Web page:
This House frequently adds much value and challenge through asking the right questions about the need for delegated powers and their intended use—I have certainly been asked about that on a number of occasions on a great many Bills—so I am pleased to echo the noble Lord, Lord Knight, in quoting the 29th report from the Delegated Powers and Regulatory Reform Committee. I really like this:
“There is nothing in this Bill which we would wish to draw to the attention of the House”.
That is not something I always hear on Bills with which I am involved. I hope it is ample reassurance for the House.
In support of the Bill, once the regulations are in place we will once again work with ACAS—I think that addresses some of the points the noble Baroness, Lady Brinton, made—to update its guidance to reflect this new provision because it is important to get to as many employers as possible to get the message over. It is almost as if the Bill would be unnecessary if employers acted in an appropriate manner. The guidance will be key for employers and employees in understanding the new provision and setting the tone for the approach to bereavement going forward, which I think we can all agree needs to change on certain issues. The approach now needs to reflect a more modern and understanding approach to bereavement and all the various issues which surround it. I thank the noble Lord, Lord Knight of Weymouth, and say that the Government fully support the Bill. I look forward to discussions and I hope that we can have them between now and Committee to make sure that we can have a productive and useful Committee stage that allows the Bill to go through in the manner that the noble Lord wishes.
My Lords, I thank noble Lords who have spoken. I am grateful for everyone’s support. This has been a small but perfectly formed debate for Second Reading of the Bill. I particularly pay tribute to the noble Baroness, Lady Brinton, for sharing her story and those of other bereaved parents, such as Nikki. I have great sympathy with the points she made about the benefits system and carers, which are beyond this Bill, but the points were well made and I hope they are heard elsewhere. Like my noble friend Lord Stevenson, I think this Bill is, as I said in my opening speech, a framework to allow us to move forward. I was grateful for his comments about wanting to see it on the statute book as soon as possible. I have sympathy with the points both noble Lords made about the 58-day window, particularly in the context of inquests, a point made by the noble Baroness, Lady Brinton, and the concerns about the definition of parents. We look forward to the Government’s response to the consultation so that we know how they will be treated in regulations. I am very grateful for the direction of travel indicated in the Minister’s speech. I am grateful to him for his agreement to have a meeting with us to find a constructive and speedy way forward. I was particularly drawn to his sense of the imbalance in our treatment of the birth and the death of children. This measure can catalyse, to some extent, a much more healthy conversation at work about bereavement as part of moves as a society and a culture towards being more open about discussing bereavement issues.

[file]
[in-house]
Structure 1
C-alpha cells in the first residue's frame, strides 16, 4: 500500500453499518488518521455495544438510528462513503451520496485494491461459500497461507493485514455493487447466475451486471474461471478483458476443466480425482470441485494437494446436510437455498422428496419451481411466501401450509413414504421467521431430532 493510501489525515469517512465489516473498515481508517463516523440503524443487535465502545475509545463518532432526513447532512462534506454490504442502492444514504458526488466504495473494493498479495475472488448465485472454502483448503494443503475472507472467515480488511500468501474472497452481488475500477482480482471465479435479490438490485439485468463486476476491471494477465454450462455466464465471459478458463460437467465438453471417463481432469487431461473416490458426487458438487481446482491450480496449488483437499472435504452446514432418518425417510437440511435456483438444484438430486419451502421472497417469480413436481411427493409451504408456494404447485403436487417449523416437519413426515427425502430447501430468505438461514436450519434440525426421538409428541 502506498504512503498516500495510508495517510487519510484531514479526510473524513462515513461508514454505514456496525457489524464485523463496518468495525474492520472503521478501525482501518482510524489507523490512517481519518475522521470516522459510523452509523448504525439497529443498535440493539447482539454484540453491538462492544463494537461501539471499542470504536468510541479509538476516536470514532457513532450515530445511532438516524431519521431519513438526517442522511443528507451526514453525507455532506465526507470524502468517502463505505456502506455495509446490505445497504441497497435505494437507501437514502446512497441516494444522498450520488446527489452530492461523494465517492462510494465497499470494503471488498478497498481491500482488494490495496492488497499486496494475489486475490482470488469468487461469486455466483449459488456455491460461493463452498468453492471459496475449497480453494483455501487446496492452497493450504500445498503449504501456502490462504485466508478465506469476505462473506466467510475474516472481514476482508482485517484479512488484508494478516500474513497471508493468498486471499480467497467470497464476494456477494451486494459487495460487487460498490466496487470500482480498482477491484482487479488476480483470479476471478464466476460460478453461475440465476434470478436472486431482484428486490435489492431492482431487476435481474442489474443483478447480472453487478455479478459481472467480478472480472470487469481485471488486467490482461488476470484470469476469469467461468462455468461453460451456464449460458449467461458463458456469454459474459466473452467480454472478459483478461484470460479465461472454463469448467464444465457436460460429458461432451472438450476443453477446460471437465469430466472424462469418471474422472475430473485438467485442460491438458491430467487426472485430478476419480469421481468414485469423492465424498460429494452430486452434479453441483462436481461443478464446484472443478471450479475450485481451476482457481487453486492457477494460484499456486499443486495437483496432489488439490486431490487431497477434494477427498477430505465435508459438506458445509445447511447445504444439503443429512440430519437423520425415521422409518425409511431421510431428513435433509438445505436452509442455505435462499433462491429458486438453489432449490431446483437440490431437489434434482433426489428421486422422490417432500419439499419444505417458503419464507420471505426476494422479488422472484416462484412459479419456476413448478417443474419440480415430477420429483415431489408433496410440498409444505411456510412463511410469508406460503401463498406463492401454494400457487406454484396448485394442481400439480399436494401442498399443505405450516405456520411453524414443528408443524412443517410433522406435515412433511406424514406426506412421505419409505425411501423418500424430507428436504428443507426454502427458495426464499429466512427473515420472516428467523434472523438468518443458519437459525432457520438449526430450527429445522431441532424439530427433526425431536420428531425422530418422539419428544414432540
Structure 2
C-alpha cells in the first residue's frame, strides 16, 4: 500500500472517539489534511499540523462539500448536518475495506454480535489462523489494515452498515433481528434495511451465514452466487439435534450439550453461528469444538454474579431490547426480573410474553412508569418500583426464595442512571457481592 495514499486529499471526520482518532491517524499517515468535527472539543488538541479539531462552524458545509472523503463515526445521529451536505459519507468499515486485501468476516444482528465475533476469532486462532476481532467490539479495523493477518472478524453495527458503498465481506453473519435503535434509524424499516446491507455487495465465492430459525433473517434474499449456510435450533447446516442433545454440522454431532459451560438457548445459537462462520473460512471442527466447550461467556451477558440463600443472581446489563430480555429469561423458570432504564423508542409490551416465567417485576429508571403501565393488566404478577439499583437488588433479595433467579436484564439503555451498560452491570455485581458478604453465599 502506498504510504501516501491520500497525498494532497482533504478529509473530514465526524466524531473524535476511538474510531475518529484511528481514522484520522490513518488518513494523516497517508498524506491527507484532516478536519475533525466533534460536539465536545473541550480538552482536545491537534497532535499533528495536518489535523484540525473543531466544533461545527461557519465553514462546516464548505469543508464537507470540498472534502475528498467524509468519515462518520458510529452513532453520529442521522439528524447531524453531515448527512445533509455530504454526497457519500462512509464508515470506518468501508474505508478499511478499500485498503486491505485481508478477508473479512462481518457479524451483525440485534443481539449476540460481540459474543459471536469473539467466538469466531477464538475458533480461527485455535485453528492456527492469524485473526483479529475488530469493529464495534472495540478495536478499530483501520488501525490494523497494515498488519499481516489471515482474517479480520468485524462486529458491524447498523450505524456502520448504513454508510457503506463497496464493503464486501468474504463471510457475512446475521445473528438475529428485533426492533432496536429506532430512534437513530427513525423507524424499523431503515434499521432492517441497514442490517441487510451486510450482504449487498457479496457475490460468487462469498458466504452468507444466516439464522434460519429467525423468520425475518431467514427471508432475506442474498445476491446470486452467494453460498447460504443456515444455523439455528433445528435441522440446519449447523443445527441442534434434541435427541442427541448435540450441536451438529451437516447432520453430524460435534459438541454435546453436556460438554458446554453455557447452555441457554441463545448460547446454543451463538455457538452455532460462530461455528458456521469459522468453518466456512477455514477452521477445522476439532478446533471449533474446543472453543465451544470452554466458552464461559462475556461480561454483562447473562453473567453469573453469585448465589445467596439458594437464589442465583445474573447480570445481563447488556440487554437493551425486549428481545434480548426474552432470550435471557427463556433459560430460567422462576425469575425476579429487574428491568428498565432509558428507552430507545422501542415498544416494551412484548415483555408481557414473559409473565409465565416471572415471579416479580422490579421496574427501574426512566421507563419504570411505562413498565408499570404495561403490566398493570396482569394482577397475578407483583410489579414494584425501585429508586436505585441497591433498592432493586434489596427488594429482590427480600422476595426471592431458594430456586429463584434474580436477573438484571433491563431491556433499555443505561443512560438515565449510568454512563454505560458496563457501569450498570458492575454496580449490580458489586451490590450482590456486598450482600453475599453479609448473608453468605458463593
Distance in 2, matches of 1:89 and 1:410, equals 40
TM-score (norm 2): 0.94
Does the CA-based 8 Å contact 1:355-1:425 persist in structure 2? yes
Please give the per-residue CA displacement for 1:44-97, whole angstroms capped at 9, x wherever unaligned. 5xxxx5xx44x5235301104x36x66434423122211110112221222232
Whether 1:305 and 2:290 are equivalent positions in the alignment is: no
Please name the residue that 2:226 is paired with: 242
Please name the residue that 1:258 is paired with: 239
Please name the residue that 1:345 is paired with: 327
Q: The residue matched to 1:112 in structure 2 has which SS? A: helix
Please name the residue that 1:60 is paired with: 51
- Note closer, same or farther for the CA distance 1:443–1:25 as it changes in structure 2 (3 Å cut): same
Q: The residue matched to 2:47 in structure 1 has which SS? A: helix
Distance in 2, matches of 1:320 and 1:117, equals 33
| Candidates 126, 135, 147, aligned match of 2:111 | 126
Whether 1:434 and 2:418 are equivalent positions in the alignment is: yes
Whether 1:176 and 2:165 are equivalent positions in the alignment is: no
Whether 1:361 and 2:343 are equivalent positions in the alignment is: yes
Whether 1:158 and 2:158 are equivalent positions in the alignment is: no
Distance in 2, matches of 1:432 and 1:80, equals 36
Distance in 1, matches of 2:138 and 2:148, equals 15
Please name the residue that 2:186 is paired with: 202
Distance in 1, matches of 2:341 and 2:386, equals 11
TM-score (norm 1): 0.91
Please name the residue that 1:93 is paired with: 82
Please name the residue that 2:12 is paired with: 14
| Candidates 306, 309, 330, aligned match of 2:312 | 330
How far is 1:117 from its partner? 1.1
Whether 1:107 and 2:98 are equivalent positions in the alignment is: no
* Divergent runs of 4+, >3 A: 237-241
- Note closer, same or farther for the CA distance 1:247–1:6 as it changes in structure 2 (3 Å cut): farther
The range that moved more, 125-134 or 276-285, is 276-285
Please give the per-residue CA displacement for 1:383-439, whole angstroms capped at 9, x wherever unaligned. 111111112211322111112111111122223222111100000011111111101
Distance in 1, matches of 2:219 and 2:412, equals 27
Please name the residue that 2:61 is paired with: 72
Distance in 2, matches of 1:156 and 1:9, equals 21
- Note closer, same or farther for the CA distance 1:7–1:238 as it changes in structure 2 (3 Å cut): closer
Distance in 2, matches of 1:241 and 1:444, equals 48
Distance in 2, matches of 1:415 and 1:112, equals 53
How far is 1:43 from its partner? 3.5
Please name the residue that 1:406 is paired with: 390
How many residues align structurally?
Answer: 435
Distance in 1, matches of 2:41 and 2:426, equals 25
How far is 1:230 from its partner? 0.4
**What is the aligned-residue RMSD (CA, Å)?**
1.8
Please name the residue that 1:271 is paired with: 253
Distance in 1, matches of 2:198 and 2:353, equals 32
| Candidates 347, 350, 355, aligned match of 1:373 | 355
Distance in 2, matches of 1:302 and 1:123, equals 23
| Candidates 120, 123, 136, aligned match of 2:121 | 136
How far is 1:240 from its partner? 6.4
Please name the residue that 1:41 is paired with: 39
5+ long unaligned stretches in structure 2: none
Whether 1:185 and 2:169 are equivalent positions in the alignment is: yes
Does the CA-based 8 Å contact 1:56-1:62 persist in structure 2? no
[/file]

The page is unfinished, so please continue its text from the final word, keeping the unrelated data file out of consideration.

Bill read a second time and committed to a Committee of the Whole House.
House adjourned at 1.04 pm.